Apr 8, 2013

The Pacifier Is Killing My Confidence

Why didn't any one tell me about how in motherhood it will be hard to tell when an issue is your child's and when that issue is actually yours? Like, this particular pain of parenthood, is it because I hurt for my daughter or just that I don't want to admit she's growing up? Or maybe someone did tell me that but I didn't listen. I was all, Sure. Sure. I hear what you're saying and I'm so totally not going to be like that. I will never be one of those parents that gives in because I can't be strong. It's all about the tough love, yo.

Okay, so maybe I didn't think that exactly but, you know, something like that.

If you read either of my previous posts (or am my friend on Facebook), you probably know what problem I am referring to. The pacifier. The wonderfully silencing, magically soothing, achingly horrible to get rid of, pacifier.

Paige turned three this weekend and we decided to take it away. The problem is, I'm not exactly sure why we decided that. I mean, I know that somewhere I heard that age three is the magic number. Like, any child that has a pacifier after three is doomed to a life of, well, I don't know what. Crooked teeth? Excessive drooling? Being made fun of? I don't know.

To be honest, I'm sure there were already people judging me for letting Paige have a pacifier that long anyway. But it didn't bother me. The pressure of potential judgements was pretty easy to brush off, or laugh off, or say, yup, she still has a pacifier and I don't care. So I guess I'm not sure why I felt so much pressure over stopping at a certain age.

The dentist. The illusive and imaginary dentist, because I did not actually talk to a dentist about it I just feel like that's what I had heard dentists supposedly say.

So, we warned her leading up to her birthday, knowing full well that it was going to be horribly hard, and the day after she turned three we took it away. Just like that. Cold turkey.

I knew that it would be horrible. For her and myself. And on Sunday when she whined on and off all day for her 'nuki' my heart broke into a million pieces. Yes, because I didn't want to admit she's not a baby, but actually mostly because I felt like it was wrong. I felt like if her security item was a blanket we would've never felt the 'need' (was it ever a need?) to take it away, so why with the pacifier? Especially because we didn't actually do any research (ie talking to a dentist) beforehand.

My husband assured me she was 'fine', but our definitions of fine are different because although she was not devastated and throwing herself on the floor, I had to sing her to sleep at nap (otherwise she was crying) and at night she whined for it until she fell asleep.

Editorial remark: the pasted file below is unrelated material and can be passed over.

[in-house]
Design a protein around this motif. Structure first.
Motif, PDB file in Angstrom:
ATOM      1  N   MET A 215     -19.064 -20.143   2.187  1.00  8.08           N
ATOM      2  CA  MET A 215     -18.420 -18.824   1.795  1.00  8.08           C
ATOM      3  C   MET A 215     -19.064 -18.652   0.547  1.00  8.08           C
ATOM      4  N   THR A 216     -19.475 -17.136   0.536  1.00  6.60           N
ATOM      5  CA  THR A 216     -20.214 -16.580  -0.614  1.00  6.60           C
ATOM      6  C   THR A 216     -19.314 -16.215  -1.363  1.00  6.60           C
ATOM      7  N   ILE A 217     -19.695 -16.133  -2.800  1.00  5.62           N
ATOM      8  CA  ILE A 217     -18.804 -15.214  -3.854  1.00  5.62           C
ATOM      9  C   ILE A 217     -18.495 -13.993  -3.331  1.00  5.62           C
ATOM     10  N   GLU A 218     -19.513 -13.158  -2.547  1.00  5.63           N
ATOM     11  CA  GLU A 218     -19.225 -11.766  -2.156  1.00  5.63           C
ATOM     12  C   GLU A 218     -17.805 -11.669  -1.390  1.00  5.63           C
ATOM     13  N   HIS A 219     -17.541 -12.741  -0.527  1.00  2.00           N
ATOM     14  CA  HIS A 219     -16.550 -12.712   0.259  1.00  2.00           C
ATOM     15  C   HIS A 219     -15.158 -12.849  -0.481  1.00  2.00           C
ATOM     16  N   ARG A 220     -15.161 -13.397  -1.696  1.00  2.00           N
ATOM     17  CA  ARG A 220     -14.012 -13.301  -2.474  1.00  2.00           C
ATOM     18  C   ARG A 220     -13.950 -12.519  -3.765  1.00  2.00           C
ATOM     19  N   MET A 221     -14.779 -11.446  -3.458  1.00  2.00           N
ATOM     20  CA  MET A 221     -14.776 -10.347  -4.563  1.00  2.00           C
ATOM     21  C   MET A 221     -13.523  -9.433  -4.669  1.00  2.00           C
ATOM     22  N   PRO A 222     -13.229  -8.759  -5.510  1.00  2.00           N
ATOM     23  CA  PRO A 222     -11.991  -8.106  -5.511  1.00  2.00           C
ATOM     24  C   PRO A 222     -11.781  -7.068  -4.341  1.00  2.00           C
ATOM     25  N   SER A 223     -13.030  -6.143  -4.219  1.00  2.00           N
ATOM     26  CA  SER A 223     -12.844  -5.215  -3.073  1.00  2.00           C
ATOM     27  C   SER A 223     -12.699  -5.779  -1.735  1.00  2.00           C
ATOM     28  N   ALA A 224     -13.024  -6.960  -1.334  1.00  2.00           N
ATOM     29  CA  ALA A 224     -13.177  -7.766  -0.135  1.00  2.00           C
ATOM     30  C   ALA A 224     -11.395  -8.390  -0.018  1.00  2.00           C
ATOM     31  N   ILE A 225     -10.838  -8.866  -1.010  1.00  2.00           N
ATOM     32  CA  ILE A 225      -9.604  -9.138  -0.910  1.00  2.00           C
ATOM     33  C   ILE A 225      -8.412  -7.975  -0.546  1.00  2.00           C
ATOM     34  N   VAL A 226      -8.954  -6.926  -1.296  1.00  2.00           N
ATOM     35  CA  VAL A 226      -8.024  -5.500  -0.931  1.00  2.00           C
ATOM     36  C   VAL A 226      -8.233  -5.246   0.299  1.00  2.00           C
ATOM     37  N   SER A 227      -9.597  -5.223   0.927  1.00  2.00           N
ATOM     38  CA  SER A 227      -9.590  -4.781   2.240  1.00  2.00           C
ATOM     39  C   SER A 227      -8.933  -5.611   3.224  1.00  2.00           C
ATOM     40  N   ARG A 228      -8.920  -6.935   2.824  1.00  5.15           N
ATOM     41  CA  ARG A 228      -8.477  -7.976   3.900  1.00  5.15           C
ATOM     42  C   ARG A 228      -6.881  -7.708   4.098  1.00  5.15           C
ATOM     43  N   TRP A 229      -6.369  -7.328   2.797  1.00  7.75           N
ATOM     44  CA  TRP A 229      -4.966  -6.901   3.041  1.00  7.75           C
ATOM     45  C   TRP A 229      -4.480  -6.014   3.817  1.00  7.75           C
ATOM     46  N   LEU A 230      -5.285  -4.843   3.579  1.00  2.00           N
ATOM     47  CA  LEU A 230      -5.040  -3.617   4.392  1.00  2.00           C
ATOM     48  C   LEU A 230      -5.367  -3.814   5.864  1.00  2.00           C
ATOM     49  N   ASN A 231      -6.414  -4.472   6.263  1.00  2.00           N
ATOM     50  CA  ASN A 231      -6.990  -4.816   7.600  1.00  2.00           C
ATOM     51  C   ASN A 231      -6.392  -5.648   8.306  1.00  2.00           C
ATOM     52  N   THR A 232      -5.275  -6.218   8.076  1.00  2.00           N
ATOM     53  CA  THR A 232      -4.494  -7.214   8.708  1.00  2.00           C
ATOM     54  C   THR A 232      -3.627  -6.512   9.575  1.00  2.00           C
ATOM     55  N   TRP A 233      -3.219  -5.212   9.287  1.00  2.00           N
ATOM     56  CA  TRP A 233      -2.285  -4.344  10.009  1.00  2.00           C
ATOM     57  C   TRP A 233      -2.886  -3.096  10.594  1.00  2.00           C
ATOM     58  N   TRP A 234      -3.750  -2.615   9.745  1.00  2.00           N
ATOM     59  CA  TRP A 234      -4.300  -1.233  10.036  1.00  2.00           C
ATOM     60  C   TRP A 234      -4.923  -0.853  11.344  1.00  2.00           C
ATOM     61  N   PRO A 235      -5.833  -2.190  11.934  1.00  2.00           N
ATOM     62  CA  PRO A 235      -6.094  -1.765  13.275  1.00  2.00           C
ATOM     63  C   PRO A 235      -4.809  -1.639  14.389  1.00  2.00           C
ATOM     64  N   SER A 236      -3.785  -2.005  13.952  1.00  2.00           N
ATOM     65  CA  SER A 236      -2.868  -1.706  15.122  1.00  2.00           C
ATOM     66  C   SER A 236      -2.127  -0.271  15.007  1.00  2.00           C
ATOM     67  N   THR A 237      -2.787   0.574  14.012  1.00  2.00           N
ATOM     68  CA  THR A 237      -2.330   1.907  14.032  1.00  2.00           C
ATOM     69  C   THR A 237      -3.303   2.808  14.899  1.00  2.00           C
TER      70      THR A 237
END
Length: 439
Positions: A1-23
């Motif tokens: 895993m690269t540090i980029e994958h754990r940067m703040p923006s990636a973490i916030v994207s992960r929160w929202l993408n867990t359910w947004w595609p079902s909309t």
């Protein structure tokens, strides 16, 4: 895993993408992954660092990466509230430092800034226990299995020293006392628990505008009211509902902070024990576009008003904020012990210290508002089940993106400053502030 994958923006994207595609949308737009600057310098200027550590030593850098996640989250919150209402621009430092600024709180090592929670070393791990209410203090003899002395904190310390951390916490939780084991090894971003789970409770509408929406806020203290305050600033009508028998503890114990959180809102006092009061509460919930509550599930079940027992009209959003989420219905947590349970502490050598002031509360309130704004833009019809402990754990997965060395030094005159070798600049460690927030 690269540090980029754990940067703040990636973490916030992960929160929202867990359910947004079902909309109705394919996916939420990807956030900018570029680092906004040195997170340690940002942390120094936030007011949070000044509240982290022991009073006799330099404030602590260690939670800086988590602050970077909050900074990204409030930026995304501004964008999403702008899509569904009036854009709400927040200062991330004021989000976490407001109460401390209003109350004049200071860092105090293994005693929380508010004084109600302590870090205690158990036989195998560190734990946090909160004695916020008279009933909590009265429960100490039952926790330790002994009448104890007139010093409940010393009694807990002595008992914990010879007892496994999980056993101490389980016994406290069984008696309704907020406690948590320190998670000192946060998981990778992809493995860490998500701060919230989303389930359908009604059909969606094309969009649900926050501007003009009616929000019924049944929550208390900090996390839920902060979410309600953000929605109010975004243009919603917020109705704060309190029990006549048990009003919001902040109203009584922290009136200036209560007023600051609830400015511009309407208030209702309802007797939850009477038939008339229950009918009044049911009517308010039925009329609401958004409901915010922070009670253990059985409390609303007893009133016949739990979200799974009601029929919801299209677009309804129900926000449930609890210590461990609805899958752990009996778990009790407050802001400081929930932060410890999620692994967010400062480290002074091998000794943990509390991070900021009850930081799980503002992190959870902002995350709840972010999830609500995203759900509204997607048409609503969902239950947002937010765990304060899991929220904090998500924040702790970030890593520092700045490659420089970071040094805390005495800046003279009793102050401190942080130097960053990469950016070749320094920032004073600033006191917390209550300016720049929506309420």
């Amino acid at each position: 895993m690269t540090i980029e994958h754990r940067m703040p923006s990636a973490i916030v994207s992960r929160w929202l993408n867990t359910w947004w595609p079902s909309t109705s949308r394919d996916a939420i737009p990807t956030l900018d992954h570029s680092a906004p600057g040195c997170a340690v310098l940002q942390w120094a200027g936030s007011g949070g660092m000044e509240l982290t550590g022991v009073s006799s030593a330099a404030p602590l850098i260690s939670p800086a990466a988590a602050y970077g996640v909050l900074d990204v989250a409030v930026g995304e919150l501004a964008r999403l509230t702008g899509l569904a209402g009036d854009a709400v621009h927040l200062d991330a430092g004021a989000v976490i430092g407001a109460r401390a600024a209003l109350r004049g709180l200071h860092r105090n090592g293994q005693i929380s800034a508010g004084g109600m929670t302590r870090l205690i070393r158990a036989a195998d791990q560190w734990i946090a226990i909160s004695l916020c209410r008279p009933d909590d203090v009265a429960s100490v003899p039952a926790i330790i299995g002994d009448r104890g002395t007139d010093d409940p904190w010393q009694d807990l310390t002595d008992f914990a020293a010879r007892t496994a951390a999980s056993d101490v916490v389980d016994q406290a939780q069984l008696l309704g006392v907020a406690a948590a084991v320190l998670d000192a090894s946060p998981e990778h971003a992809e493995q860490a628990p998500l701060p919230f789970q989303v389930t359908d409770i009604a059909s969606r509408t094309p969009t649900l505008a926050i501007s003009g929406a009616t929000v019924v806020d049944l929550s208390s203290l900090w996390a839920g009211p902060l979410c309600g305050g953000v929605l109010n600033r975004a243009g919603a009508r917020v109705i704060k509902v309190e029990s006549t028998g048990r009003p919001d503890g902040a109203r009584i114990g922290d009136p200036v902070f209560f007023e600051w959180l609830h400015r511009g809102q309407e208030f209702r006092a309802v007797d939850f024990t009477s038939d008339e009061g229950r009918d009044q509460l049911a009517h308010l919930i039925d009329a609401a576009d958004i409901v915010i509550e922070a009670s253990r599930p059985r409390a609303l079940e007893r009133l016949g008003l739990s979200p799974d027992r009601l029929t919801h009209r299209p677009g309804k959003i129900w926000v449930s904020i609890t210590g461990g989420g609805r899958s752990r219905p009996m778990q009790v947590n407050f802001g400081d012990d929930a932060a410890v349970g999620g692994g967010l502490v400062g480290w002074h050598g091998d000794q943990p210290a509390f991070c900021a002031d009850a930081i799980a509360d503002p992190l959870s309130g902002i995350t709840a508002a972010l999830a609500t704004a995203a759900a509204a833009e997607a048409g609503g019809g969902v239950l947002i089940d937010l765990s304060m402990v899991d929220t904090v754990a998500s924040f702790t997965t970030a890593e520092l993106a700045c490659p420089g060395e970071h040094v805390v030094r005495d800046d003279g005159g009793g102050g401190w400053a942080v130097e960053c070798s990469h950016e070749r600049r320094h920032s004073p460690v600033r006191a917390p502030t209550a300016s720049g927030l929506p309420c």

I went to bed last night and cried. Taking away her pacifier just made me want to baby her even more. I wanted to scoop her up out of her crib (even after she was sleeping) and bring her into bed with me and comfort her and tell her I love her and un-traumatize her from taking her security item away from her.

I know that makes it sound like I'm just having a hard time admitting that she's growing up, but I assure you, that is not it. I am afraid that by taking away her security item before she was ready we are hurting her emotionally or psychologically. Maybe she won't think, My parents took my pacifier away when I was three and it totally messed me up! but it is possible that it affects her. I really believe that.

So as I'm crying in bed last night, my husband told me when can give it to her at night if that's what I wanted to do. And that's what I wanted to do. Except, I also am second guessing myself. (Because somehow that seems to be my nature when it comes to motherhood.) Do I think we took it away too quickly? Yes. Do I think we should've let her keep it at night and taken our time with giving it up? Yes. Do I think we should've tried to let her give up nights herself? Yes. Do I feel like it's too late to change our minds? Kind of. Because as much as I hate to admit it, my husband was right, sort of. While I disagree that she was 'fine' she also wasn't as bad as I thought she'd be. And today she asked for it only twice.

My husband thinks we should give it another day or two. I'm on the fence. I told him tonight that if she asked for it at bedtime I was going to give it to her. She asked for it at bedtime and I didn't. I feel like a shithead. (Sorry, that's the best way I can describe it.)

Taking away her pacifier makes my heart break. Seeing her upset and not have her item that comforts her breaks my heart even more. But today was better than yesterday. So maybe she really doesn't need it? I don't know. I just can't seem to make up my mind. It's like I want someone to be able to tell me the right thing to do.

I want to just give it back to her at night, but I feel like I'm being a bad parent by second guessing myself, especially if she isn't as devastated about it as I thought she'd be. Especially if she's getting less and less upset about it.

And that is why parenthood is hard. It isn't because I have a hard time doing the right thing. It's because I don't know what the right thing is. And I just want to do right by my daughter. I want her to know that she is safe and loved and that I will comfort her any way I know how and that I will never do anything to hurt her, even if sometimes it feels like I am.

I just don't want her to hurt. I don't want to be the cause of her hurt.

(And I really want to giver her back the pacifier.)


1 comment:

  1. Oh this motherhood thing is so tough. My youngest is still hanging onto his pacifier because I just can't handle making him give it up.


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